According to the Mental Health Foundation, one in eight men in England has a common mental health condition like anxiety, panic disorder, depression, or obsessive-compulsive disorder. As with most mental health stats, however, it can be hard to determine whether the numbers really showcase the reality. They only show us mental health conditions that have been reported and leave out the undiagnosed cases, which is especially true for men’s mental health.
Here is a list of other signs that might provide more clarity in regards to men’s mental health:
- 3 times as many males as females die through suicide
- Men report lower levels of satisfaction in life compared to women
- In the UK, men between the age of 40 and 49 have the highest rates of suicide
- Men are less likely to seek psychological help compared to women. Only 36% of NHS talking therapies referrals are for men.
Additionally, men are more likely to go missing, become alcohol dependent, use drugs regularly and sleep rough in comparison to women.
Why Do Men Avoid Mental Health Discussions?
All this comes down to stigma and stereotypes. Traditional gender roles and society’s expectations play a major role in why men hesitate to talk or seek assistance for their mental health issues. We know that gender stereotypes regarding women (how they should look and behave) for instance, can have negative effects. Similarly, it is imperative to know that men can be damaged by society’s expectations and stereotypes as well.
Men are usually expected to be strong and provide for their families, be dominant and take control. These may not be inherently bad things, but they can hinder men from reaching out and seeking help. Studies also hint that men who are unable to talk openly about their emotions are less likely to recognize symptoms of mental health issues and less likely to seek help.
Also, men are more prone to use potentially harmful coping habits like alcohol or drugs, and less likely to speak to loved ones regarding their mental health. However, studies show men will access the help and support that matches their preferences, is meaningful, engaging, and easy to access.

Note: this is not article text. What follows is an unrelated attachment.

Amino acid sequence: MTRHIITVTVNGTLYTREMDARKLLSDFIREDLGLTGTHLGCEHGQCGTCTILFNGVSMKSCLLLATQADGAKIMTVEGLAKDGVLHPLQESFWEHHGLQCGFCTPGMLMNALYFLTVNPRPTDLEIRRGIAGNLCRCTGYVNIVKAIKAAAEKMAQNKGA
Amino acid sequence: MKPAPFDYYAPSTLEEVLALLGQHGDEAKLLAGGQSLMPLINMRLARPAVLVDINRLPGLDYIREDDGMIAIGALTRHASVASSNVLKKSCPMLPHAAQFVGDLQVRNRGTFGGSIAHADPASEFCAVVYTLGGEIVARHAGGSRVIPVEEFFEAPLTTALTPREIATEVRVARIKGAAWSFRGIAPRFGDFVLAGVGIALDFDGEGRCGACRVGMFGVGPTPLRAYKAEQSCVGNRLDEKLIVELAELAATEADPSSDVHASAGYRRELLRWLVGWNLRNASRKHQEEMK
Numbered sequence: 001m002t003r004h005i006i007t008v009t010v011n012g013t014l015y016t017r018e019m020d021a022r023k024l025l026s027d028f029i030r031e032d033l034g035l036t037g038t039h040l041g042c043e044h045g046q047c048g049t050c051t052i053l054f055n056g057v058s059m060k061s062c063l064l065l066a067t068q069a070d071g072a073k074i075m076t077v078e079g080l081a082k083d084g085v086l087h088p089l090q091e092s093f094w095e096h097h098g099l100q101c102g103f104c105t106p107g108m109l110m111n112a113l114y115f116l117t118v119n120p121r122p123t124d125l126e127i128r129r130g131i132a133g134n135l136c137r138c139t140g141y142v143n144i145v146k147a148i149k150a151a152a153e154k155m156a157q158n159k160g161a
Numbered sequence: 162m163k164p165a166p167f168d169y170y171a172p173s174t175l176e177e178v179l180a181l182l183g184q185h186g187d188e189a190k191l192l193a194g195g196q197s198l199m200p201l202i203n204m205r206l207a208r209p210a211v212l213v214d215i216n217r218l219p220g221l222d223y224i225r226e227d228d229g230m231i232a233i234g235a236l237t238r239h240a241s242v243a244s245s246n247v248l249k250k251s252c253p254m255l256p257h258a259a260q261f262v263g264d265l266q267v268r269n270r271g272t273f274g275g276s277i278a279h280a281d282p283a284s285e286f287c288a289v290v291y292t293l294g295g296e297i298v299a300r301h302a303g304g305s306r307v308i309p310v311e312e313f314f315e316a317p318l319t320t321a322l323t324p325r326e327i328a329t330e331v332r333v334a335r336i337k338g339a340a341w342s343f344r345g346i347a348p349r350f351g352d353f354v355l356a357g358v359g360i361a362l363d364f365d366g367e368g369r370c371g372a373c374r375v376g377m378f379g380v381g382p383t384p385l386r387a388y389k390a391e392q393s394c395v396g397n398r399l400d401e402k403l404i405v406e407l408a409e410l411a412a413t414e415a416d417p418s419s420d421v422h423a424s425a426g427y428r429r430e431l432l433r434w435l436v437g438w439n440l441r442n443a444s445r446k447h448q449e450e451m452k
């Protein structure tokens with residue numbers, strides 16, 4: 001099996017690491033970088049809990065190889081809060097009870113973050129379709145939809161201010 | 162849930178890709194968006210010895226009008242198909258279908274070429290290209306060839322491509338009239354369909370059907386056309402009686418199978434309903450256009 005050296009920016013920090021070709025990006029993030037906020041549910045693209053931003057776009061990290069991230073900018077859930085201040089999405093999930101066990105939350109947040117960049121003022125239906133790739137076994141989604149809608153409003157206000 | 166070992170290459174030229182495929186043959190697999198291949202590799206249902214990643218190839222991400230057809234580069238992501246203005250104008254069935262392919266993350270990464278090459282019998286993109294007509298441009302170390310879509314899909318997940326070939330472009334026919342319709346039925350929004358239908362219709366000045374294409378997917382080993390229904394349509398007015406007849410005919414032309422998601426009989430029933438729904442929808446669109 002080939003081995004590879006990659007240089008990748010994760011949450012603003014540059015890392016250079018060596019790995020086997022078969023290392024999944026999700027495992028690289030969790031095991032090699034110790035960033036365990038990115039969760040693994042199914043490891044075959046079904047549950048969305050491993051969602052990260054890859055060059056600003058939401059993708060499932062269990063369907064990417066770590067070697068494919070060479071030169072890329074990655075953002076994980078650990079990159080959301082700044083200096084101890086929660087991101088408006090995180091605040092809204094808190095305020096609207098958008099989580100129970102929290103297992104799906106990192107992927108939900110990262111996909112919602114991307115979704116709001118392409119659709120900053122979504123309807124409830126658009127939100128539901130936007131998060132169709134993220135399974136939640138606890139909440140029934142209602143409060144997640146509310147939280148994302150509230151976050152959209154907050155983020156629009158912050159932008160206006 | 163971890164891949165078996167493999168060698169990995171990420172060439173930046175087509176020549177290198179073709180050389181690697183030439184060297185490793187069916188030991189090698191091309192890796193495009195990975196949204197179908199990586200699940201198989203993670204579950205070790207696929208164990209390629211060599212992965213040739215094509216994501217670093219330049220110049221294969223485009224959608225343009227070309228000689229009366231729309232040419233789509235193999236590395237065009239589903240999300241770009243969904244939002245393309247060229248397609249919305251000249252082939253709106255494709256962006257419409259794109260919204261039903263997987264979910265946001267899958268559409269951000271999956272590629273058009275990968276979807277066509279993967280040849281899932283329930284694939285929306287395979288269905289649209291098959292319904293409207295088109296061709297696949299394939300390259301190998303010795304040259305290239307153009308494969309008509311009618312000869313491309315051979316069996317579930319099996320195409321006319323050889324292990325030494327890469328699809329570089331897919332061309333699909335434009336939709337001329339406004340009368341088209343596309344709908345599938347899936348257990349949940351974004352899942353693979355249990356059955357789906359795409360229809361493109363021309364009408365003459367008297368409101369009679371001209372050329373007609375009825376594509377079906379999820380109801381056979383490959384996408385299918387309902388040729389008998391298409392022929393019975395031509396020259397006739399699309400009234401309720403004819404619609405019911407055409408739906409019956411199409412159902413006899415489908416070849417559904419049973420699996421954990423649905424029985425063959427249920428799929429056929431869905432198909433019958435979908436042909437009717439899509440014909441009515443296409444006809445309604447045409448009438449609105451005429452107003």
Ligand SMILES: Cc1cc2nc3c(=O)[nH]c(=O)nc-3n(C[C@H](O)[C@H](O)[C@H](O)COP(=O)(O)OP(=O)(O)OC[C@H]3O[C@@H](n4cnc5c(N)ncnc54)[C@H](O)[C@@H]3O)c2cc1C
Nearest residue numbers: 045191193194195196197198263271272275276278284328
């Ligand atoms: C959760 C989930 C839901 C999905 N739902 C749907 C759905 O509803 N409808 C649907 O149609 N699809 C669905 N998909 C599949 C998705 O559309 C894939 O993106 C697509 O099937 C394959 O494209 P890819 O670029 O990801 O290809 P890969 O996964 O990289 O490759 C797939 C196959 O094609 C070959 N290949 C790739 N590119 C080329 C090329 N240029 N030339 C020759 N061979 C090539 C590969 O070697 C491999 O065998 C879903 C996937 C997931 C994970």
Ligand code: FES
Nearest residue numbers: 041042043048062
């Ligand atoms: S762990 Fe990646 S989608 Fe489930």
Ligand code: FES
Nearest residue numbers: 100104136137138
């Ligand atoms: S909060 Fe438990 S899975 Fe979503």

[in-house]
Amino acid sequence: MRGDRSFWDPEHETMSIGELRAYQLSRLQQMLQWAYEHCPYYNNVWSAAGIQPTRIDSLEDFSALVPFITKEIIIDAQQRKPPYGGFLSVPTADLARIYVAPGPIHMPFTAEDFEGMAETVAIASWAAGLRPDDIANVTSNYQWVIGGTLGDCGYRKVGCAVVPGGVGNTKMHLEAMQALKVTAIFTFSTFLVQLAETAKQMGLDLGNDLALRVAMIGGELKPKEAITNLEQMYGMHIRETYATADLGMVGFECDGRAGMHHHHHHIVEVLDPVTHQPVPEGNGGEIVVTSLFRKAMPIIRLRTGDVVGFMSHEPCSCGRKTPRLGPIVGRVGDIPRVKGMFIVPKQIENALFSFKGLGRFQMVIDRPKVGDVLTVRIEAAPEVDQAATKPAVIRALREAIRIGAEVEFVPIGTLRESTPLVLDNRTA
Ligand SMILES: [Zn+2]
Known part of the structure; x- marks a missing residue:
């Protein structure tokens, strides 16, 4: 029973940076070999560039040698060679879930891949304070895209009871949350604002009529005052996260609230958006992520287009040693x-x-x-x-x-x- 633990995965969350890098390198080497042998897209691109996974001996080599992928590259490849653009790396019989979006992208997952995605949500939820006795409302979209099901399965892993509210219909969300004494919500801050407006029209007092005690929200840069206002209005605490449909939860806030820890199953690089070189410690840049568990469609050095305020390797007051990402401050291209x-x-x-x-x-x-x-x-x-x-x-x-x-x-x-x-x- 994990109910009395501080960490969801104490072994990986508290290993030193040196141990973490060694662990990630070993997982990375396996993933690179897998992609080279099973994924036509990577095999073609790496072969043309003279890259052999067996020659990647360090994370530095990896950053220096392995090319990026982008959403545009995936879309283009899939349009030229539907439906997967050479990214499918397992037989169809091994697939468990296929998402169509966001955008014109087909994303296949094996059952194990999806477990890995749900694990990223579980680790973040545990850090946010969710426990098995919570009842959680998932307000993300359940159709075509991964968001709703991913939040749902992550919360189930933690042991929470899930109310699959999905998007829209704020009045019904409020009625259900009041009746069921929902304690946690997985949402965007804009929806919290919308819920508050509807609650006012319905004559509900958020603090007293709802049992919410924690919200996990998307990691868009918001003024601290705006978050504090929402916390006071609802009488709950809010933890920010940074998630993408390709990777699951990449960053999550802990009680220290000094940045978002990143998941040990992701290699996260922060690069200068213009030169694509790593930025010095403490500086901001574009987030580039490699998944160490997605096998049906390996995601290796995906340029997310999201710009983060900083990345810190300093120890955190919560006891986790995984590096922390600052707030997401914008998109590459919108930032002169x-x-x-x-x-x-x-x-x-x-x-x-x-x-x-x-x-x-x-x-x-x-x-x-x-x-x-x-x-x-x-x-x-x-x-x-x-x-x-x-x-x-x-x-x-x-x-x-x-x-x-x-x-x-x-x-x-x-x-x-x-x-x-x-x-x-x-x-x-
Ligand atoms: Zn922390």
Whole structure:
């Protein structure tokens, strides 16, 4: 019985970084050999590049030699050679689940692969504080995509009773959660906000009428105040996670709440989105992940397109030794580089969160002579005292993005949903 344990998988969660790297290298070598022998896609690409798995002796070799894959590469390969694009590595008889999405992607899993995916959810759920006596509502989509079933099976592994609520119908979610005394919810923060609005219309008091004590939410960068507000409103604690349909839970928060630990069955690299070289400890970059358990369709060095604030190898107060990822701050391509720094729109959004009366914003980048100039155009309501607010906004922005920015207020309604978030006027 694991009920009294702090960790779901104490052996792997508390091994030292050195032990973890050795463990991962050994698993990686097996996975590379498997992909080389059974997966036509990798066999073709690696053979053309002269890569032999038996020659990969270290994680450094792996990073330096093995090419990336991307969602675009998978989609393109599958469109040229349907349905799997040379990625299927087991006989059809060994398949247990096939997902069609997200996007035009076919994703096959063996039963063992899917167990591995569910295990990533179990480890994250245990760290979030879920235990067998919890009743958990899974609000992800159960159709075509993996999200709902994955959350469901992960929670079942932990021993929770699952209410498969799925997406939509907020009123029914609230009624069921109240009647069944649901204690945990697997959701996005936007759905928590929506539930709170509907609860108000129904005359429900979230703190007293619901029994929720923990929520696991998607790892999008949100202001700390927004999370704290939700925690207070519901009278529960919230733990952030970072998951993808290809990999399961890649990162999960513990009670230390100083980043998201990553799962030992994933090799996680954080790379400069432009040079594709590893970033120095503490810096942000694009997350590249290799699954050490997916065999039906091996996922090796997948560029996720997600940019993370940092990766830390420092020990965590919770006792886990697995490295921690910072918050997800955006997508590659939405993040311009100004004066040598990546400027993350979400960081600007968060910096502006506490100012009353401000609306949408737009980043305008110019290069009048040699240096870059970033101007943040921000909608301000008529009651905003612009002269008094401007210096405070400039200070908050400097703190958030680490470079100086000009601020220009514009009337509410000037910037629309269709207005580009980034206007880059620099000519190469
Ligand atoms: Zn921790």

Does Depression Differ in Men?
While there’s nothing like ‘male depression, there are some depression symptoms that are more prevalent in men. Examples include aggression, risk-taking, sudden anger, irritability, and increased loss of control.
Also, men are more likely to take drugs and alcohol in an attempt to deal with depression instead of talking about it. Escapist behavior is common in depressed men as well, like overly indulging in their work. One for that I would recommend for as a form of relaxation for anyone stuffing is a sports massage, just do a quick Google search to find facilities near you for example ‘sports message Fleet‘.
Men and Suicide
In 2007, Great Britain recorded about 6000 suicide cases. 75% of these cases were men, making suicide one of the primary causes of death among men under 50 years.
Higher suicide rates were also recorded in minority communities including war veterans, men from black, Asian, and minority ethnic backgrounds, and those with low income. Also, middle-aged men who are well off are more likely to die by suicide.
Mental health in men is clearly a topic that needs massive attention given its toll on numerous individuals. Don’t feel ashamed to talk about your anxiety, stress, depression, OCD, etc.